One year after protests erupted in the northern city of Al Hoceima, Moroccan media are still struggling to cover the news, despite intimidation and legal threats from Moroccan authorities.
The protest movement in Morocco's Rif region began with the death of fish vendor Mohsin Fekri on 29 October 2016. Fekri was crushed to death by a garbage truck while trying to retrieve his fish, which had been confiscated by local authorities. The protests have since grown into a “Hirak” or a movement for jobs and economic development, and against marginalization and corruption. Despite a government ban on demonstrations, protests were still held over the weekend to commemorate Fekri's death.
As the unrest continues, journalists are facing a myriad of restrictions including media bans, expulsions and legal threats.
Moroccan freelance journalist Omar Radi, who has been covering the protests himself, told Global Voices that when it comes to reporting on social unrest in the Rif region, “there is a climate of terror.”
“Those who speak to the press can risk going to jail,” he said. “People are afraid to get out of their homes and cops are everywhere.”
At present, at least seven media workers are behind bars for their reporting on the Rif protests.
Outspoken journalist and commentator Hamid Mahdaoui, who runs the independent website Badil.info, was arrested in the city of Al Hoceima, where he traveled to cover protests. On July 20, 2017, Moroccan authorities had imposed a protest ban. When passers-by who recognized him stopped him and started a conversation with him about the Hirak, Mahdaoui criticized the ban. He was accused and convicted of “inciting” a protest.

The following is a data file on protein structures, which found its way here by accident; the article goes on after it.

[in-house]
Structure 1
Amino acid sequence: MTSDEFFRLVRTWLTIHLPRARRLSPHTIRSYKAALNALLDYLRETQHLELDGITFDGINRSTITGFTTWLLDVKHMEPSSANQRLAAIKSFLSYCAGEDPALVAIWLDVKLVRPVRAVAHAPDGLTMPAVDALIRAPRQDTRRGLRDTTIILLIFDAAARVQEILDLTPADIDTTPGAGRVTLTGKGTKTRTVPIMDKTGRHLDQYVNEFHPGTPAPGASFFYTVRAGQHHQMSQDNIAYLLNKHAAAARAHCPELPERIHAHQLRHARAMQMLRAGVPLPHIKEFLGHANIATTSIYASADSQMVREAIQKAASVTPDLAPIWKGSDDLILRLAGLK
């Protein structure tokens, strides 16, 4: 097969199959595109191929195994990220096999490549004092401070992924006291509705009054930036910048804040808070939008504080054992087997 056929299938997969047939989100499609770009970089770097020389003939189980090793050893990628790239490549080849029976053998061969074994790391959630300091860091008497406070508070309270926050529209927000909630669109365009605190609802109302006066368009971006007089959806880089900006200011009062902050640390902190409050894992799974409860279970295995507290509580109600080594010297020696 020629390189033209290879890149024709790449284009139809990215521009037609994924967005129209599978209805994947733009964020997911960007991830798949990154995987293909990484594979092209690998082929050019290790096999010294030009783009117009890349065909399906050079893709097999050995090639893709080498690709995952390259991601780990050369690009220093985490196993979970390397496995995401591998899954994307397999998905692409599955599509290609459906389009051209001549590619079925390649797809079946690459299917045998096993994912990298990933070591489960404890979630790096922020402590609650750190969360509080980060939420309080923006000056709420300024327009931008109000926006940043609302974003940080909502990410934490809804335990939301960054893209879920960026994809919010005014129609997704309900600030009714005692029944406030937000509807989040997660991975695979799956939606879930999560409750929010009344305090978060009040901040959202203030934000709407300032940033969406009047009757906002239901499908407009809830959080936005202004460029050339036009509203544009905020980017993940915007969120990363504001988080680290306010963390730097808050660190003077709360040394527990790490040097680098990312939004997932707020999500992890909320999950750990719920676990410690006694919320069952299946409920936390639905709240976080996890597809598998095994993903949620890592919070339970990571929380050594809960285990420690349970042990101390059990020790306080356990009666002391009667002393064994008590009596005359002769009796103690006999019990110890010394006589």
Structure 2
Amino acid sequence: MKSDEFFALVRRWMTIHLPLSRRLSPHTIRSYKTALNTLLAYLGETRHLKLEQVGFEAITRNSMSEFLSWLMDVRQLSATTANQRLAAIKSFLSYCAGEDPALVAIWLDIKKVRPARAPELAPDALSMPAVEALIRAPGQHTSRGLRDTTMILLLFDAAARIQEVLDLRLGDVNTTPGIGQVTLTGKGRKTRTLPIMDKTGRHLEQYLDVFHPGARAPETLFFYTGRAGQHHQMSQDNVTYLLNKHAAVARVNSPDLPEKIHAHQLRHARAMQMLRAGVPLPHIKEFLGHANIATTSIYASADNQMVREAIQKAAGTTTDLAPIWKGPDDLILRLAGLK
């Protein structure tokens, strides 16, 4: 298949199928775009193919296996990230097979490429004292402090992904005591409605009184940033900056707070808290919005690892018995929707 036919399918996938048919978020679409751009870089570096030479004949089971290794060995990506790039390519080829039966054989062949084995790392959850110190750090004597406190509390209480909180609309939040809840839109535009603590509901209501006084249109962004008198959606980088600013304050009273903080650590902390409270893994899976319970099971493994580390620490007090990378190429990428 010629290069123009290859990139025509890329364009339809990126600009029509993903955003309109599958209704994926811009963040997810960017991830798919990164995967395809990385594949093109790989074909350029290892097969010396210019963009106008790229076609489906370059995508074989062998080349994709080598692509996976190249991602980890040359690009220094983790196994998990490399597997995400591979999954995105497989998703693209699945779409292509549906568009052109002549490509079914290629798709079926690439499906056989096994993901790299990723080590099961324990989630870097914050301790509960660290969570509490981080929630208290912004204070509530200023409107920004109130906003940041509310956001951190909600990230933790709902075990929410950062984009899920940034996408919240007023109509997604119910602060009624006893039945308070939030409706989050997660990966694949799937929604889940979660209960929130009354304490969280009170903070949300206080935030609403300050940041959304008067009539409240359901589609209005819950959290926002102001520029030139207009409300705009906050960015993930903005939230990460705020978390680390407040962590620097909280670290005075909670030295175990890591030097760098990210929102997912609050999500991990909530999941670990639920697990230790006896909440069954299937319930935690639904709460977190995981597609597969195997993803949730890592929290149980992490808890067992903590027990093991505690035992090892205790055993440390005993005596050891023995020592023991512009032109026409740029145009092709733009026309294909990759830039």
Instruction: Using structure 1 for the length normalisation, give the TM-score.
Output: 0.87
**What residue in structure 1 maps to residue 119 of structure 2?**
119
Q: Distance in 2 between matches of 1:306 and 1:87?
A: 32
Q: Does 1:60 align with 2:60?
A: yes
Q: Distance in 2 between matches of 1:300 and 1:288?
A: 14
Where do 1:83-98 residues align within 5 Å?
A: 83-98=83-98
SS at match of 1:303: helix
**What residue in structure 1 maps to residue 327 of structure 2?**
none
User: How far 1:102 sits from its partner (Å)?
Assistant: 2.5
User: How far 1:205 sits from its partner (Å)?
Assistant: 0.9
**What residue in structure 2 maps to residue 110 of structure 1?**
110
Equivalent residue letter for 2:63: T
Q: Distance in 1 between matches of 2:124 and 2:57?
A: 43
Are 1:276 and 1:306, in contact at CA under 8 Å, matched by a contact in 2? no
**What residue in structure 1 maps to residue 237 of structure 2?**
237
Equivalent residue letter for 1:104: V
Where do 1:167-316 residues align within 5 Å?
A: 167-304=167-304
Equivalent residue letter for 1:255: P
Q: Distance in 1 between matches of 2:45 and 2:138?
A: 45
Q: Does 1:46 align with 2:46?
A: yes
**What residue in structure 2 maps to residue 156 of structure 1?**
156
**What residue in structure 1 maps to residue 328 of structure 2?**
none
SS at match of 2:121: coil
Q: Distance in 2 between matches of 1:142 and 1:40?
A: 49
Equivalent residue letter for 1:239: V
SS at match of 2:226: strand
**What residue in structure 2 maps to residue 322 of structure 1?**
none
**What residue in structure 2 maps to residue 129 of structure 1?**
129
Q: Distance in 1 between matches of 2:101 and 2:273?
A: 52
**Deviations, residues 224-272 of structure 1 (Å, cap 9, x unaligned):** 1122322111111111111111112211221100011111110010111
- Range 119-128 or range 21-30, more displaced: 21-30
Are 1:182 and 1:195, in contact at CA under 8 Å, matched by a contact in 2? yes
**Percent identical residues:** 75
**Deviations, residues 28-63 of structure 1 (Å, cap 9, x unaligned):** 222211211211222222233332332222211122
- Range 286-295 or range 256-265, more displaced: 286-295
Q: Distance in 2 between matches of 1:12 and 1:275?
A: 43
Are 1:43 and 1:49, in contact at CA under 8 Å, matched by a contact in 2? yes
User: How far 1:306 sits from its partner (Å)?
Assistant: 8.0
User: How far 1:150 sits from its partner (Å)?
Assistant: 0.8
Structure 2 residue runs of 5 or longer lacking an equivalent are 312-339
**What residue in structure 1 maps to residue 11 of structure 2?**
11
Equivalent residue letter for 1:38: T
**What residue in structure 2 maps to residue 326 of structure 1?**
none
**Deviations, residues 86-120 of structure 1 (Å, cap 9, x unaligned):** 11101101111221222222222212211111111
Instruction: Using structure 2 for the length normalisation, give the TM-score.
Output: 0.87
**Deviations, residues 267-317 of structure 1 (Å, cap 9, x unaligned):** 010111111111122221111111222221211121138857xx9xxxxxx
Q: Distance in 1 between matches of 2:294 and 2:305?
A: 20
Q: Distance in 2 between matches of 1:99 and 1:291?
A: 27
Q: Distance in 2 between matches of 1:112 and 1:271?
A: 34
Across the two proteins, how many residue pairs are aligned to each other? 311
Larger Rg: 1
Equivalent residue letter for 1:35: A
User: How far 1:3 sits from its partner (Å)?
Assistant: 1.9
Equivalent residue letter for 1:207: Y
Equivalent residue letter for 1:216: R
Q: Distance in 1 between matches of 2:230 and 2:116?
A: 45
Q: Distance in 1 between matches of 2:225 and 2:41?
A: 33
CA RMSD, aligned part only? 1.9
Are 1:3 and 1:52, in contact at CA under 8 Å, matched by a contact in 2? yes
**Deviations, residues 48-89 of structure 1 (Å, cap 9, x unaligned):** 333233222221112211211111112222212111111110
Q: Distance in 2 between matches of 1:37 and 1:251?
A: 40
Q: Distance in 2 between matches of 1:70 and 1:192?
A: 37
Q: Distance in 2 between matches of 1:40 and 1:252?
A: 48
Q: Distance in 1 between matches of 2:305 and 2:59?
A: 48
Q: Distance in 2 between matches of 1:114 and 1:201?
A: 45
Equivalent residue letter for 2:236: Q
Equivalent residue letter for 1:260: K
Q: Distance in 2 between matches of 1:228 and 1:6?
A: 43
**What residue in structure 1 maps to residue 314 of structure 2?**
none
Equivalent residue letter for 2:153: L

Badil.info which covers a variety of topics in Morocco including politics, human rights and corruption, is among few independent websites that have been able to report on the protests. But on October 22, 2017, collaborators announced that the site would cease publishing, due to what they described as financial constraints.
Mahdaoui is also known for his outspoken online criticism of the Moroccan authorities, which he expresses primarily through his YouTube channel, where he discusses the political and human rights situation in the country.
In a separate case, Mahdoui has been accused of “not reporting a crime endangering state security” to the authorities, due to a phone conversation (an official recording of which was obtained via wiretap) between himself and a Moroccan anti-monarchy activist based in the Netherlands, in which the activist described a plan to bring weapons into the country.
In addition to Mahdaoui, six citizen journalists who were arrested due to their coverage of the Rif protests are currently behind bars. Among those arrested Mohamed El Asrihi and Jawad Al Sabiry from Rif24.com, a local citizen media website that provided extensive coverage of the protests in Al Hoceima and other cities.
El Asrihi, the editor and director of Rif24.com stands accused of “illegally practicing journalism” because he does not posses a press card. While the site has not been updated since mid June, the Facebook page of Rif 24 continues to provide coverage of the Hirak and the protests.
Although they have seen less harsh consequences, the crackdown has also affected foreign media workers. On 27 September, police detained Iranian-British journalist Saeed Kamali Dehghan in Al-Hoceima and expelled him from the country reasoning that he did not have an “authorization” to report from Morocco. Dehghan, who works for The Guardian, traveled to the Rif region to cover the protest movement and interview activists there.
Morocco is ranked 133rd in the 2017 edition of RSF's World Press Freedom Index. The international press freedom watchdog noted “a slow but steady decline in media freedom” in the country where “the kingdom’s authorities use political and economic pressure to deter local independent media outlets from covering highly sensitive subjects”.
The closure of Badil and repression of various media workers who have played a key role in covering the protests in the Rif region has left Moroccans — and those outside the country — with even fewer ways to stay informed about the social movement.